Method for Improving Acoustic Impedance of Epoxy Resins
Patent application, filed 11 Jun 2010
DEPARTMENT OF THE NAVY WASHINGTON DC
Pagination or Media Count:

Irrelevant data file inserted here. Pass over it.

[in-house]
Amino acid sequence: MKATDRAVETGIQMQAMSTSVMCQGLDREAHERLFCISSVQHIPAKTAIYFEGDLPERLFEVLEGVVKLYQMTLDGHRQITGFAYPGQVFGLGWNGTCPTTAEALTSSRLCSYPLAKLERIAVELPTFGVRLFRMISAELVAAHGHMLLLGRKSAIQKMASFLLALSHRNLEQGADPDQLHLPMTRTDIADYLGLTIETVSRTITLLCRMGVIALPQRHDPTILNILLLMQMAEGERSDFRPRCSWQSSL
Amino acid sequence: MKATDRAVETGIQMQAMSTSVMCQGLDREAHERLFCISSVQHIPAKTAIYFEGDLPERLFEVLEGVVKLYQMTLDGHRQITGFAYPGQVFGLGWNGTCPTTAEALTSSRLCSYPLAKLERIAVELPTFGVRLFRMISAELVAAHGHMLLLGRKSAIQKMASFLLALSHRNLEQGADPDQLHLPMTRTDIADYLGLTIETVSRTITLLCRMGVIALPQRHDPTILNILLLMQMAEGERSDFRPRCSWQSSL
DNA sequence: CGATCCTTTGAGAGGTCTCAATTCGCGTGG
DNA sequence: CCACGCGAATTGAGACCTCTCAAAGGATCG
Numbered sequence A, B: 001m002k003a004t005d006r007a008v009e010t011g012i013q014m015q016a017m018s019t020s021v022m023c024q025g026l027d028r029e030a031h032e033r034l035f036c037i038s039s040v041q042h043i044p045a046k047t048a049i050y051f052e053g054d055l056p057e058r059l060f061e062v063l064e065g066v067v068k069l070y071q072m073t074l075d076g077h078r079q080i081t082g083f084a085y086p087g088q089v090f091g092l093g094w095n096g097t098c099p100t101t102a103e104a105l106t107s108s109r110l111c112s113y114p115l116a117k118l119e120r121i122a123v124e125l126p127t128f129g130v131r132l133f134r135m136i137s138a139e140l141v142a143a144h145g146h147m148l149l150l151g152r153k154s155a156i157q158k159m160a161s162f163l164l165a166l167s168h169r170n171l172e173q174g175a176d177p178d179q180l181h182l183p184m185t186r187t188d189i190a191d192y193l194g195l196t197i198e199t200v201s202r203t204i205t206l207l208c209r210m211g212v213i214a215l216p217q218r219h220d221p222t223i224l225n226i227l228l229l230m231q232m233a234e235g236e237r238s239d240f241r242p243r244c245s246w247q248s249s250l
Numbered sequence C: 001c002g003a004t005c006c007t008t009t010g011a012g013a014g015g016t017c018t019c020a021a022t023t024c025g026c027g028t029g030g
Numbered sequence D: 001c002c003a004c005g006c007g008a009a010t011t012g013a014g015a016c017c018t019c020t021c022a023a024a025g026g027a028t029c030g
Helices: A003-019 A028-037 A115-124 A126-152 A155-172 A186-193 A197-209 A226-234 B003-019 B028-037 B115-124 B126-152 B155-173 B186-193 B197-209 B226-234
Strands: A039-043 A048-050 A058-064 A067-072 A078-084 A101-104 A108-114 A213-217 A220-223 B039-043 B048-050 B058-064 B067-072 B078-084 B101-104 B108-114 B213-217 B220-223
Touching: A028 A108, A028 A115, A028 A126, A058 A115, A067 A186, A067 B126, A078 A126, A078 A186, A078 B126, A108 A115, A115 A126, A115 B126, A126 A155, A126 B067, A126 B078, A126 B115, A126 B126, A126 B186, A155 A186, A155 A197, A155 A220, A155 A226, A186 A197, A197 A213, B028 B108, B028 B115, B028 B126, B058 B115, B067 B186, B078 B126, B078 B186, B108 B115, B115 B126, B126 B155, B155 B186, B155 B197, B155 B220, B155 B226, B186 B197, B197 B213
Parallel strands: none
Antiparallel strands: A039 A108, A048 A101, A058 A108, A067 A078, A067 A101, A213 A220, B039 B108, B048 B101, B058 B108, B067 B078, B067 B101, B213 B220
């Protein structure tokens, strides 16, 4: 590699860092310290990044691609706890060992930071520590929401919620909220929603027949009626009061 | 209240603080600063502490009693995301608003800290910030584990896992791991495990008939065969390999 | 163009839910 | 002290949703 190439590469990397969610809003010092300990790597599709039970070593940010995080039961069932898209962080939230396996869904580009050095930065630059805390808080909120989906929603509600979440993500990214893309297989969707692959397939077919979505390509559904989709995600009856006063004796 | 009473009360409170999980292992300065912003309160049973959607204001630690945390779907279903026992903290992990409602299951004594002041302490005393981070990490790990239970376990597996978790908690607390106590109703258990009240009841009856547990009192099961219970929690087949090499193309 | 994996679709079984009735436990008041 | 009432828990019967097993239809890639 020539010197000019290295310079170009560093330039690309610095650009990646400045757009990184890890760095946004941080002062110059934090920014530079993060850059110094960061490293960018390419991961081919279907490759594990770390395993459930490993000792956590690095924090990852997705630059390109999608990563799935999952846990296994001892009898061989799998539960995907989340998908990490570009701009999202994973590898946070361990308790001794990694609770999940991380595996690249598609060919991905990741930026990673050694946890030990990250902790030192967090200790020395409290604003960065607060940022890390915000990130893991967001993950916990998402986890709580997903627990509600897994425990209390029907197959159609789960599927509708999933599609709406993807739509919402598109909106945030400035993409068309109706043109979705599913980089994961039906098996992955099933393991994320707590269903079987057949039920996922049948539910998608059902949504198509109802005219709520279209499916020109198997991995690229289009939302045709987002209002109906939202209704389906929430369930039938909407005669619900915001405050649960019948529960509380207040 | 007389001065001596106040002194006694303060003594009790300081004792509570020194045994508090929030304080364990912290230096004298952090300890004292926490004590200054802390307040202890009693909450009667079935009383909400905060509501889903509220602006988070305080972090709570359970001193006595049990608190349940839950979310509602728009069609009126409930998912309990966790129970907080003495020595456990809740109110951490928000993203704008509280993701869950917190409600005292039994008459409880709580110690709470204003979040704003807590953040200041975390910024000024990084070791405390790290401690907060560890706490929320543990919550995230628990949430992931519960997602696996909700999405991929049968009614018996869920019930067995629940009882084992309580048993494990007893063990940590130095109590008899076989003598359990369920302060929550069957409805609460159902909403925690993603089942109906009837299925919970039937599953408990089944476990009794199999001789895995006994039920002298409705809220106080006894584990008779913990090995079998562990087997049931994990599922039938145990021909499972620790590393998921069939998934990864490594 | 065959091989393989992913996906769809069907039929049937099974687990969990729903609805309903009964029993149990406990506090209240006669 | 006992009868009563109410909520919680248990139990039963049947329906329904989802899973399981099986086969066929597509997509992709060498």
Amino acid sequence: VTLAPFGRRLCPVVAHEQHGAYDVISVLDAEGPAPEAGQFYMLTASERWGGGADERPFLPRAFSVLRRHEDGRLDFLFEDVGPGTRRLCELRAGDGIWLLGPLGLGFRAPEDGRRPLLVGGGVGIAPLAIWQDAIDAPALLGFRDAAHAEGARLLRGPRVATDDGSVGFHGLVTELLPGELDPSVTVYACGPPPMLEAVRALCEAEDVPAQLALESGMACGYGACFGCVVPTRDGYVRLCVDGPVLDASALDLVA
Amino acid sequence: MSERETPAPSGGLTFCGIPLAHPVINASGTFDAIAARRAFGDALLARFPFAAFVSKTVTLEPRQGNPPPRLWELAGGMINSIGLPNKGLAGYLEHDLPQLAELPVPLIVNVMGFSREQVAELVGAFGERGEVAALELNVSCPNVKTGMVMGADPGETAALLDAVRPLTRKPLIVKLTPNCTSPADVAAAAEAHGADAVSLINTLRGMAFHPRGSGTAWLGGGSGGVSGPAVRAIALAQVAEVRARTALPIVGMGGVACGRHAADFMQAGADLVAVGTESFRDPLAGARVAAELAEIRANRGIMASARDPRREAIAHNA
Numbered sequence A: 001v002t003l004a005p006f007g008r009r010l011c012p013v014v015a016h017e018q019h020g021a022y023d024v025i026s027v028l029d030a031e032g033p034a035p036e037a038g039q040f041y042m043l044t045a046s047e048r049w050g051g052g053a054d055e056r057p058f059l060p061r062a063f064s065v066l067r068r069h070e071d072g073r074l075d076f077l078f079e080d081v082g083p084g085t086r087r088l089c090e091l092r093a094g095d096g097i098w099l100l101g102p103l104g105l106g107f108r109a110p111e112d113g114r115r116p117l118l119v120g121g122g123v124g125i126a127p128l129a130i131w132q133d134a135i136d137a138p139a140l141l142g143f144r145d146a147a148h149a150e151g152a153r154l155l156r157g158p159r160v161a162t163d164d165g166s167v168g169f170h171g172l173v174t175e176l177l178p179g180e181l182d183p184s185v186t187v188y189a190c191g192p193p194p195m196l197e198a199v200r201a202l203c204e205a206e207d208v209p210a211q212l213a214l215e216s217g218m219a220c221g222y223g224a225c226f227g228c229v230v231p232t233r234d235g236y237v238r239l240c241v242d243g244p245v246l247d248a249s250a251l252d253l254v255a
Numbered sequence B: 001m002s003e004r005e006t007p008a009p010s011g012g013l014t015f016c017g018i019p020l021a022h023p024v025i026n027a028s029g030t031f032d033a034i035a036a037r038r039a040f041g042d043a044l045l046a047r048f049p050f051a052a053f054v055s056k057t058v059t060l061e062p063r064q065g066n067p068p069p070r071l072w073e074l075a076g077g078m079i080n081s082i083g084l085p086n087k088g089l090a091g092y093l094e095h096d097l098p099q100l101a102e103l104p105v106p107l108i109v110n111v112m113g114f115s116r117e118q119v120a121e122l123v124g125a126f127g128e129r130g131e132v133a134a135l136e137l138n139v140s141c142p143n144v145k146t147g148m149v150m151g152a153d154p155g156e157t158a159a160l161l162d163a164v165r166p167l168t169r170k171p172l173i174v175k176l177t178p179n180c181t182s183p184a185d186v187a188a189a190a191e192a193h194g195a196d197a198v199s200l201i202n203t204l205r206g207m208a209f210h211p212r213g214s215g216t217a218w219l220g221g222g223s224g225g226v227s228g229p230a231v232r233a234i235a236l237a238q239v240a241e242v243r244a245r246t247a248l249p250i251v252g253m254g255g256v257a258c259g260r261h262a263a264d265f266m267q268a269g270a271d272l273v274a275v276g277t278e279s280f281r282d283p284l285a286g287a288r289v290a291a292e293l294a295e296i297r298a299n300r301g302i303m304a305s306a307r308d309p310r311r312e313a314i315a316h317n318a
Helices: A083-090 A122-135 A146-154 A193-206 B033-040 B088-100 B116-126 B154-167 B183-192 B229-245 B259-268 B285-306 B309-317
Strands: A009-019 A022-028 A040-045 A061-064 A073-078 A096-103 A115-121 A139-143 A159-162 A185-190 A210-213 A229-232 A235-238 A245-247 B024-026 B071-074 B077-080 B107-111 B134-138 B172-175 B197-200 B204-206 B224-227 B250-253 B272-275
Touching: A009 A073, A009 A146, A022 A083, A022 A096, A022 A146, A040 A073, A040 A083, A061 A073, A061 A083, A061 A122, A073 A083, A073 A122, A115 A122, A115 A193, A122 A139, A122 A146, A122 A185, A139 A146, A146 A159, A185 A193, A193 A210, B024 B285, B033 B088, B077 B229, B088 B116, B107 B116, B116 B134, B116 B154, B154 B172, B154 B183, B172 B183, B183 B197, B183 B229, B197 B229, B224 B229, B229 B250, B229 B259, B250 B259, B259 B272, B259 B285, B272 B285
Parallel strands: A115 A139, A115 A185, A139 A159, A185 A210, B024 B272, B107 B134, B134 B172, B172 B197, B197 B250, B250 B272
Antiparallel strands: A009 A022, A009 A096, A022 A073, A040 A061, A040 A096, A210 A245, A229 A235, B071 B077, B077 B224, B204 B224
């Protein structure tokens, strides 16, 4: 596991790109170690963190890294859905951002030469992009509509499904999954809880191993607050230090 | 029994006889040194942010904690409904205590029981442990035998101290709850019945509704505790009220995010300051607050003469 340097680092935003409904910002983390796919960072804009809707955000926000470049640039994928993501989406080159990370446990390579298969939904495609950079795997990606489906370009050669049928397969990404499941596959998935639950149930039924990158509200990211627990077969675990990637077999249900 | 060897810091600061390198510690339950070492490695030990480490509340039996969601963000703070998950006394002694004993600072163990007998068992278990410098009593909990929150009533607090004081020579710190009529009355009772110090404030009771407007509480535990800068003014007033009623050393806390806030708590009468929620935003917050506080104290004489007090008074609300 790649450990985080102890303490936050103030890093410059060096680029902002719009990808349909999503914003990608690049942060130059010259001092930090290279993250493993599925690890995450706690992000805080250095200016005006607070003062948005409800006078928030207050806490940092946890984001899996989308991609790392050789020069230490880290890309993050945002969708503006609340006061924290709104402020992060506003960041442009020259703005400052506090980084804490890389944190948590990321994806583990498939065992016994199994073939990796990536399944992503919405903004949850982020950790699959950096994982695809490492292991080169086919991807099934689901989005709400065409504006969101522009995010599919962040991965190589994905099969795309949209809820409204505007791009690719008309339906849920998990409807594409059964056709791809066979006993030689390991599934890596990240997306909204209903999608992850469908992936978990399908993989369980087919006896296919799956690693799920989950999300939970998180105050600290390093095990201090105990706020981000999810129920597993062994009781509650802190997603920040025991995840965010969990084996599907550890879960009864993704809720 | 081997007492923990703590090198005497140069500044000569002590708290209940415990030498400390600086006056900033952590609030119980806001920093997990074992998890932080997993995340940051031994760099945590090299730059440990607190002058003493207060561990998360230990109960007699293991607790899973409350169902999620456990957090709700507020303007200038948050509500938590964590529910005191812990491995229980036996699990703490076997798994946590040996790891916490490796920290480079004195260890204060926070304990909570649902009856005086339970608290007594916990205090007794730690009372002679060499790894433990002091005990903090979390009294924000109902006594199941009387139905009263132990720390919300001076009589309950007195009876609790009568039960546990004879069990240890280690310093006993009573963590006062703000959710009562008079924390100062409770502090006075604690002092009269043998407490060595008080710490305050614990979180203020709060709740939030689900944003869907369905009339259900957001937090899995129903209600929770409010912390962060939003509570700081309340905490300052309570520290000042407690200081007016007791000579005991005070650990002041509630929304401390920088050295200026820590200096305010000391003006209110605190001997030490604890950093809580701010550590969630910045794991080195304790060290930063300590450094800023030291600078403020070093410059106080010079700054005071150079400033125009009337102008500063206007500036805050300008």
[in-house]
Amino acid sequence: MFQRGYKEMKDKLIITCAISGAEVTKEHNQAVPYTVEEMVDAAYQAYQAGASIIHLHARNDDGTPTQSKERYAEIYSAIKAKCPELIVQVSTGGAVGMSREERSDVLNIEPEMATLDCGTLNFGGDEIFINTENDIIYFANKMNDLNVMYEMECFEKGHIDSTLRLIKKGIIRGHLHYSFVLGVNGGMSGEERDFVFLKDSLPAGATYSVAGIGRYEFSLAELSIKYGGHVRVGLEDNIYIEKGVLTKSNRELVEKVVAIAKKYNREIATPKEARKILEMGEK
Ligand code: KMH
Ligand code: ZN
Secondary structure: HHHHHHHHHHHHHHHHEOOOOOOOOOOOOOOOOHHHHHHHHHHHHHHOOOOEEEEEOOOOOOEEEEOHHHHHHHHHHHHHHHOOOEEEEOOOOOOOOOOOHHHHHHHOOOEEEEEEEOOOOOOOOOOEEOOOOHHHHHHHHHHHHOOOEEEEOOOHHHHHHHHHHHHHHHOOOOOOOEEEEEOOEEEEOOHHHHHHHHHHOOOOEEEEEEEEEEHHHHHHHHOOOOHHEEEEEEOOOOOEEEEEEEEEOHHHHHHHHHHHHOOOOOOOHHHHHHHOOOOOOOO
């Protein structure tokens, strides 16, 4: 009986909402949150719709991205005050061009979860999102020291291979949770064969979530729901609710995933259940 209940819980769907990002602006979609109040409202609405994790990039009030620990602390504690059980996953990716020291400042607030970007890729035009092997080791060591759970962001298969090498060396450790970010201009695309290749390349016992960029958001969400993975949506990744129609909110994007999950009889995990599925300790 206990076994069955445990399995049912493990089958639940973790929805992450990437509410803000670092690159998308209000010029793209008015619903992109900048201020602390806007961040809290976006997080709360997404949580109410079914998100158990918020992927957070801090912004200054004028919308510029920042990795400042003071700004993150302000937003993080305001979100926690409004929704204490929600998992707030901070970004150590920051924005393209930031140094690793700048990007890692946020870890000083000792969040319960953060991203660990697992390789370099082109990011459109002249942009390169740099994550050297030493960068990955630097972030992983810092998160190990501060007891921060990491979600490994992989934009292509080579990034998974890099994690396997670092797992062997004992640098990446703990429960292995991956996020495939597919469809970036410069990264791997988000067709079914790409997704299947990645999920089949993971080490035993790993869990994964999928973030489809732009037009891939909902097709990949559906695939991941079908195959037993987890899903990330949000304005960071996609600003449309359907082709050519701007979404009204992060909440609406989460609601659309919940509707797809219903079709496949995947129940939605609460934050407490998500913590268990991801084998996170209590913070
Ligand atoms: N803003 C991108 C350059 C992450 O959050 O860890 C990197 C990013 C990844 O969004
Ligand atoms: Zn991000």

The present invention is directed to method for producing low modulus acoustically clear polymeric materials. In general, acoustically clear polymeric materials have a low modulus i.e., stiffness. Examples of these polymeric materials include neoprene, ethylene propylene diene monomer EPDM and polyurethane rubbers. Typical applications of these materials encapsulate and protect acoustic projectors and hydrophones from marine environments. In order to function properly in these applications as acoustic windows the polymeric materials need to exhibit a variety of physical properties. The most important of these physical properties provide a close match in density p and speed of sound c with the surrounding medium for example seawater. The speed of sound and density tend to be directly proportional to the square root of modulus and inversely proportional to the square root of density. Therefore, hard and stiff polymers exhibit poor p and c matches with seawater and are not used in applications that require acoustic transparency. However, the lower modulus materials provide less structural strength and certain applications require a higher degree of protection than is typically provided by the lower modulus materials while maintaining acoustically clear properties. To maintain a desired structural strength and integrity holed or cut-out acoustic windows composed of a different material e.g., rubber cannot be used. Thus, a hard, strong and acoustically transparent material is needed. Suitable high modulus, castable polymers that also exhibit an acceptable acoustic impedance match with seawater are also needed.